Ford Valencia Engine Assembly Plant Using Motion Capture to Improve Performance, Ease Pain
Ford is utilizing new technology at its Valencia Engine Assembly Plant in Spain that will help employees work with reduced physical strain. Body tracking suits similar to those used by professional athletes to perfect their form or to capture realistic motions for video games and films are being worn by approximately 70 employees in 21 work areas of the plant, tracking their motions throughout the workday.
“It’s been proven on the sports field that with motion tracking technology, tiny adjustments to the way you move can have a huge benefit,” said Javier Gisbert, production area manager, Ford Valencia Engine Assembly Plant. “For our employees, changes made to work areas using similar technology can ultimately ensure that, even on a long day, they are able to work comfortably.”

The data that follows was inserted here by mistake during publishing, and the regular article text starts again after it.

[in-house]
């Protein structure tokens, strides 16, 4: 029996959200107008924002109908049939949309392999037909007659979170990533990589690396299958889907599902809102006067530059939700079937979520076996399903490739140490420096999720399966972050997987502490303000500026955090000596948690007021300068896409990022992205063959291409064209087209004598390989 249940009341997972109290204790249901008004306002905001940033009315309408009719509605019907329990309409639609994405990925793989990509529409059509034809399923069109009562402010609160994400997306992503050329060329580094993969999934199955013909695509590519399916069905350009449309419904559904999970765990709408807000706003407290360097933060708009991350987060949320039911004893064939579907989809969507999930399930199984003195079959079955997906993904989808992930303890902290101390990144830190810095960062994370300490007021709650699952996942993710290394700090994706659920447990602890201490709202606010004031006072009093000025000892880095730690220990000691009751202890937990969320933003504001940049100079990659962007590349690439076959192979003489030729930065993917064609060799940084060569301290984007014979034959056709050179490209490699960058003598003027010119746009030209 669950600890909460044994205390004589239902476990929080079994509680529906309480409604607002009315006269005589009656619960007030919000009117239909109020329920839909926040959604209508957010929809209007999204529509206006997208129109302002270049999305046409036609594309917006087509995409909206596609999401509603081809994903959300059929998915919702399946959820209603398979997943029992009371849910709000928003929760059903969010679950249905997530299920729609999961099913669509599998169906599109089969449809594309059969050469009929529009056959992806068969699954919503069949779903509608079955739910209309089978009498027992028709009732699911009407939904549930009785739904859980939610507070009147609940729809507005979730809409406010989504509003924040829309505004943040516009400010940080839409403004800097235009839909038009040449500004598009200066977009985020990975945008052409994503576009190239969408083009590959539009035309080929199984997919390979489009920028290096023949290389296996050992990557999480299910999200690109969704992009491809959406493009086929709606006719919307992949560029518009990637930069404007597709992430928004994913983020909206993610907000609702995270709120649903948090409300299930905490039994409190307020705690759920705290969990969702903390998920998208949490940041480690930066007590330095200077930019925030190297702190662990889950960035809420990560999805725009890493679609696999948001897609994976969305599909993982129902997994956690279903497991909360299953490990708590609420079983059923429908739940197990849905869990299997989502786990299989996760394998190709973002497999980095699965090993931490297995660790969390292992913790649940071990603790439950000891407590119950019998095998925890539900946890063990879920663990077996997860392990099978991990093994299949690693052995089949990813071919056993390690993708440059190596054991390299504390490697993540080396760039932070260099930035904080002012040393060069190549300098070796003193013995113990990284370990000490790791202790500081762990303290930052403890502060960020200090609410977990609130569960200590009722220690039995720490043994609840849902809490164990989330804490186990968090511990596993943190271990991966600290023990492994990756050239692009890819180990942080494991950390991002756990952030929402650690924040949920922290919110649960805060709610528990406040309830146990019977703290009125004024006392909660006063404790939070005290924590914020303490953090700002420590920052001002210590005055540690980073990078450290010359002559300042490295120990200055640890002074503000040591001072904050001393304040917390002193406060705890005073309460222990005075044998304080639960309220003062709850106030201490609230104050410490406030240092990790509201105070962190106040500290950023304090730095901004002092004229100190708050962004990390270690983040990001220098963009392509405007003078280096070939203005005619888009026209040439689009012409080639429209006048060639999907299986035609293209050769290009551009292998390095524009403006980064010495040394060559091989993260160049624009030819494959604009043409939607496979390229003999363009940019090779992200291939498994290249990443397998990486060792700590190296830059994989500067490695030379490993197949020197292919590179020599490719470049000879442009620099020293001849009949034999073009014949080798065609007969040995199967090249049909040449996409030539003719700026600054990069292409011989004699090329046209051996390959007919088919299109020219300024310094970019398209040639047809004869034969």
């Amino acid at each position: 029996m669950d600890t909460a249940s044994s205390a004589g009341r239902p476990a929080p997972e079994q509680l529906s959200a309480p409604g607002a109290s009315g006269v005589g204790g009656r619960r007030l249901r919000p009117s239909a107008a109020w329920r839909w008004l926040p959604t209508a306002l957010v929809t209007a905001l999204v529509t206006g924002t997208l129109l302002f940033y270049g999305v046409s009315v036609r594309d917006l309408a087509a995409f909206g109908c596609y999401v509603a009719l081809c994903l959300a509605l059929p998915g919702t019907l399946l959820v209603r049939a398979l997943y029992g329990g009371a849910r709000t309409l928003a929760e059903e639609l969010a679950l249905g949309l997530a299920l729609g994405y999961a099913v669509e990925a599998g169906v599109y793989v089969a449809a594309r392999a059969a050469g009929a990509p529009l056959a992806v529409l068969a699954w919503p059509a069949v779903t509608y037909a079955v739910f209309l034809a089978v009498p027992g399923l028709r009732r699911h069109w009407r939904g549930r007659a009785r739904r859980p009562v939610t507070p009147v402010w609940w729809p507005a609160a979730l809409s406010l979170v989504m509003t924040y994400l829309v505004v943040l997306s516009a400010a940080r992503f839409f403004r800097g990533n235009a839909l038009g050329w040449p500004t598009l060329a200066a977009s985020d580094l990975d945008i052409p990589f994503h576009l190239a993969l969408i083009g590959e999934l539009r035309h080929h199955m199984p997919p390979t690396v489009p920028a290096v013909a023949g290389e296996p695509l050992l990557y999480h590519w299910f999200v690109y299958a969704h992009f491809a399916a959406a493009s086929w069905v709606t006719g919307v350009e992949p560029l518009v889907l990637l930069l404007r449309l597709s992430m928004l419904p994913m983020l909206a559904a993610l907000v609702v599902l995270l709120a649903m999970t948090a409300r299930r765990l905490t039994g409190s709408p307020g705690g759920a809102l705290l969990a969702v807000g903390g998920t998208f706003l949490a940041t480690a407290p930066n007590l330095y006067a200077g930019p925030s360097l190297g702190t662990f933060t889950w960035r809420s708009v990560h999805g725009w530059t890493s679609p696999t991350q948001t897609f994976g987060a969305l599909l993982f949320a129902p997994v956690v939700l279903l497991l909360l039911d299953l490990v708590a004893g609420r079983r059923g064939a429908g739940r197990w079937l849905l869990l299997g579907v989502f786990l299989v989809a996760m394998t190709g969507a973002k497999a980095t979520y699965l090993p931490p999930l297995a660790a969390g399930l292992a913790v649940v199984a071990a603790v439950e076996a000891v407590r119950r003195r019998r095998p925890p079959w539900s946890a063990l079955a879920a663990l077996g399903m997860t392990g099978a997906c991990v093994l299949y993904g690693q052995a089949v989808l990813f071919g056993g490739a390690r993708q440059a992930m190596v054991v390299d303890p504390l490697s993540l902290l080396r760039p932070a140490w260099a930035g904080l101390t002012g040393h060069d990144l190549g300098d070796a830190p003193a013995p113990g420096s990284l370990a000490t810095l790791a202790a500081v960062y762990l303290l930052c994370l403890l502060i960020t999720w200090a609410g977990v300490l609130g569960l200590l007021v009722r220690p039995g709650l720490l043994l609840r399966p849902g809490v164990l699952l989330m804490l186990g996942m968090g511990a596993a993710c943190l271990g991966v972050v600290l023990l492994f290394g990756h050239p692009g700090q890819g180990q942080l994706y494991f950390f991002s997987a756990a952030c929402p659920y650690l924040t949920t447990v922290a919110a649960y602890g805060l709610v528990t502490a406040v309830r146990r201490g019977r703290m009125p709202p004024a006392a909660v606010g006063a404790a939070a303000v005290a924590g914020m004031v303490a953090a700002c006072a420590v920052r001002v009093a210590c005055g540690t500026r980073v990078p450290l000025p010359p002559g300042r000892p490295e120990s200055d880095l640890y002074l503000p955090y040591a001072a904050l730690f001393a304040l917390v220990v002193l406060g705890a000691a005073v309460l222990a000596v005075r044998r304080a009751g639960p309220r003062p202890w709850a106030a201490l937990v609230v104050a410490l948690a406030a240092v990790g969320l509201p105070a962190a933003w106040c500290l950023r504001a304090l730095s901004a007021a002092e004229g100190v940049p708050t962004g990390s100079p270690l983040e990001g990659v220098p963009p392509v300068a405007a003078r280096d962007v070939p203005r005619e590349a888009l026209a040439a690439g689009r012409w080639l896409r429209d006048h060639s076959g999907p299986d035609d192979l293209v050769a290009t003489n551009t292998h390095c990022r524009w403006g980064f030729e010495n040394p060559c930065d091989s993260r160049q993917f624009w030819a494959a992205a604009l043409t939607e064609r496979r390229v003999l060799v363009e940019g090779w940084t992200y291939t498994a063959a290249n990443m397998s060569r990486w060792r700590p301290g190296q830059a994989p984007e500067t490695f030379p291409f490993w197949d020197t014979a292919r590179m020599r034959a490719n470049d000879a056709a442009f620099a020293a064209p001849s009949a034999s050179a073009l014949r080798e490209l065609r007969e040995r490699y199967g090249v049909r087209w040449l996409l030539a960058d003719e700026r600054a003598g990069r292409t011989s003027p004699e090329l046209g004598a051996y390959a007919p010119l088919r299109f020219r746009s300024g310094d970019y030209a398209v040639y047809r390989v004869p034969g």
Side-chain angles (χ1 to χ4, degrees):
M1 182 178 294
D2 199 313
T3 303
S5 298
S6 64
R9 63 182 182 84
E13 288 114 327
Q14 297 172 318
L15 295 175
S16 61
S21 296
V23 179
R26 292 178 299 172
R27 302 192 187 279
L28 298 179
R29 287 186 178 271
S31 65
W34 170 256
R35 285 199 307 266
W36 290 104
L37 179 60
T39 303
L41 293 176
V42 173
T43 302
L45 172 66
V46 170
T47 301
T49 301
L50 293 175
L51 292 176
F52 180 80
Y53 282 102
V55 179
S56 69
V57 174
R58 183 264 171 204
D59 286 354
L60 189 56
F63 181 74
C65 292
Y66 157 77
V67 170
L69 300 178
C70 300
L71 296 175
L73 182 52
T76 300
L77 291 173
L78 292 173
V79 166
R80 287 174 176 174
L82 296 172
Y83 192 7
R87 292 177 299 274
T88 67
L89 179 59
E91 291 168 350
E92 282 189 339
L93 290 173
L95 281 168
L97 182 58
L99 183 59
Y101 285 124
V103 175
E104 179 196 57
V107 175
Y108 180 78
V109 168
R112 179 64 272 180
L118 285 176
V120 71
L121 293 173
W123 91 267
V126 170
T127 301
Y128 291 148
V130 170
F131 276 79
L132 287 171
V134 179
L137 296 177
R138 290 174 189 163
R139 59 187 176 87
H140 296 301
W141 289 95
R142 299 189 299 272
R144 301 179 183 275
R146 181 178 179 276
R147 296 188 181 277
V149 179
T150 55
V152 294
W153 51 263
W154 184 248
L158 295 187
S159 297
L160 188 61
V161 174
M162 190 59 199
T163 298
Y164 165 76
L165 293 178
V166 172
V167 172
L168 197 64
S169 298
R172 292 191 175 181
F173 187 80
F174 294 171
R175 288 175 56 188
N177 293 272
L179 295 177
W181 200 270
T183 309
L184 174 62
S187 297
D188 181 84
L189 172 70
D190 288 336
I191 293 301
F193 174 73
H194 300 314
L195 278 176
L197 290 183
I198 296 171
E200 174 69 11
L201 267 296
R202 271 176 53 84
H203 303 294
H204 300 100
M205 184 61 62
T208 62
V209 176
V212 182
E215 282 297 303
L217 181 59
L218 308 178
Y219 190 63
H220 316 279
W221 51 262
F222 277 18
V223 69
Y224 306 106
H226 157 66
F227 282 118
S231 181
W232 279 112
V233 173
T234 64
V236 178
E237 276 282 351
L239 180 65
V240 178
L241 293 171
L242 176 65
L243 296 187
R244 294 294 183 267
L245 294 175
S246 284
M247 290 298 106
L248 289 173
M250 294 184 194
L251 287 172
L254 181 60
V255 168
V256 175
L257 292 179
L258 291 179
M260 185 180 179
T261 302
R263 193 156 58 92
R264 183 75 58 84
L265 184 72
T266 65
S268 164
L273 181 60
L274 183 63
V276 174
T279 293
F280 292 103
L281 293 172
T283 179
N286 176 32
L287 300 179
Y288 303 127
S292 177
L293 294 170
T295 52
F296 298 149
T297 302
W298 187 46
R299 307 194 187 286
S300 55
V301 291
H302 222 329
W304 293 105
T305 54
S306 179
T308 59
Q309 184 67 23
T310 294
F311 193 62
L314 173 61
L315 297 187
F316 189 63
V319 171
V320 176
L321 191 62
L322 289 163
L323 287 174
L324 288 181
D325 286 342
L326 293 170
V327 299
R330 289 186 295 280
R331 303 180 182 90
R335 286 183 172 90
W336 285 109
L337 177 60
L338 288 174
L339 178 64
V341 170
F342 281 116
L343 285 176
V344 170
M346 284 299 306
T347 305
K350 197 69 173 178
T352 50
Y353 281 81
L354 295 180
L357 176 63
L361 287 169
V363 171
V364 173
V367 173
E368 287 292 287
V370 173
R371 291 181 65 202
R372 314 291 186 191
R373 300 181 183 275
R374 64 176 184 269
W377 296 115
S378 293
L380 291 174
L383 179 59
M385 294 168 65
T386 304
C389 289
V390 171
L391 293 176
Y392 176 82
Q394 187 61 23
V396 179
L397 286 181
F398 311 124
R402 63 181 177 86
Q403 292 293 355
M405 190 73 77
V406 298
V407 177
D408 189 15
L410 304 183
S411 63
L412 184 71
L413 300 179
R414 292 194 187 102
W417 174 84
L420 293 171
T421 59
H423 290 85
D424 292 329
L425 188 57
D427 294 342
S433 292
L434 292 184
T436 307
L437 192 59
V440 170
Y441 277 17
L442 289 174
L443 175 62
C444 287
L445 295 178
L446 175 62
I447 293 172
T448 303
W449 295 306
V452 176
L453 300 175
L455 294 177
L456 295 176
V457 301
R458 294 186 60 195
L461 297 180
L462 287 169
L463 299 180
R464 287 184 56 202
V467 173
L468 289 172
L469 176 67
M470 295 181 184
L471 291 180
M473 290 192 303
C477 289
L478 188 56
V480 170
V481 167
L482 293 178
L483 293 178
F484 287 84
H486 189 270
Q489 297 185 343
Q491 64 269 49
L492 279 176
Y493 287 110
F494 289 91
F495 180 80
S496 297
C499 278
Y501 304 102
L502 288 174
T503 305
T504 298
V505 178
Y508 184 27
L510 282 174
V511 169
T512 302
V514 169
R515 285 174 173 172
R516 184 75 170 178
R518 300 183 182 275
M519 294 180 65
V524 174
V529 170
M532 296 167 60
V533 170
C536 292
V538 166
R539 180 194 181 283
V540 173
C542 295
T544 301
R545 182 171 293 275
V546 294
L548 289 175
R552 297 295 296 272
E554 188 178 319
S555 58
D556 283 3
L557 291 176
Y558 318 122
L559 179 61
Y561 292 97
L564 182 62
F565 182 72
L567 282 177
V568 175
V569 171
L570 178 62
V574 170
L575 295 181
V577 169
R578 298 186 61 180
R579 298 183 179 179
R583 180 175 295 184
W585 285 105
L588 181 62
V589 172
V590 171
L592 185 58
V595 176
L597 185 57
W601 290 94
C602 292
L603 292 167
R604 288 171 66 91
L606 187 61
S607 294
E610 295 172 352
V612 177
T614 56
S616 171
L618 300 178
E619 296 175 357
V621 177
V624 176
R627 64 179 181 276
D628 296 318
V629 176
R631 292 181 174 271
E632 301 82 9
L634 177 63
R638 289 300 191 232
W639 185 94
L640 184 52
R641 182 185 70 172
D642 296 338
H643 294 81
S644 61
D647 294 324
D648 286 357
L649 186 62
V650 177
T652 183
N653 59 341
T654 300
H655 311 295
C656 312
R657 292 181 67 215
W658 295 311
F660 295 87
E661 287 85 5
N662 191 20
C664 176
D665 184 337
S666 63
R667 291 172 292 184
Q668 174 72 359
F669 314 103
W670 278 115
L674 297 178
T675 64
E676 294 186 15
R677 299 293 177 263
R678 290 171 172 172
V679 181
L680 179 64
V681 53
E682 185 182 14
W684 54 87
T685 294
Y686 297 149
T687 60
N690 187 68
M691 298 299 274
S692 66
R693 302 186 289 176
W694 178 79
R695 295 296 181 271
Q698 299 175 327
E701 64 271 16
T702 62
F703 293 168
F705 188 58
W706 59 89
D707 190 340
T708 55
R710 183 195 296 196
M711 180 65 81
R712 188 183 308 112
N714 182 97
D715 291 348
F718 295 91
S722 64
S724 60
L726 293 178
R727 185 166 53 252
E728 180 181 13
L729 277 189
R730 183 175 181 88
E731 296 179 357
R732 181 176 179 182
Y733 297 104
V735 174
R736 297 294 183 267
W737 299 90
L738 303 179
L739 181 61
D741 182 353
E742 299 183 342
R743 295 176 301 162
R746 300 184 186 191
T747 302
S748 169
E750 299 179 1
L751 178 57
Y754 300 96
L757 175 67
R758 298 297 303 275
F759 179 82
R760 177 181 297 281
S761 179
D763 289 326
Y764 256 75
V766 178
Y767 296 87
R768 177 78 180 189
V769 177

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Each suit features 15 light sensors that are hooked up to a wireless detection unit. This allows for the worker’s motions to be tracked, paying particular mind to key areas of stress like the neck, shoulders, arms, and legs. A motion-tracking camera takes those movements and replicates them in a 3D model that is then studied by ergonomists for the purposes of improving employee posture.
Because the system has thus far proven successful, Ford is considering a wider rollout of the technology to additional European manufacturing facilities. Ford has taken great pains (pun intended) to cut injuries at its facilities around the globe, reporting in 2015 that it had cut injuries amongst its “industrial athletes” by 70 percent from 2003 through the use of modern technologies.
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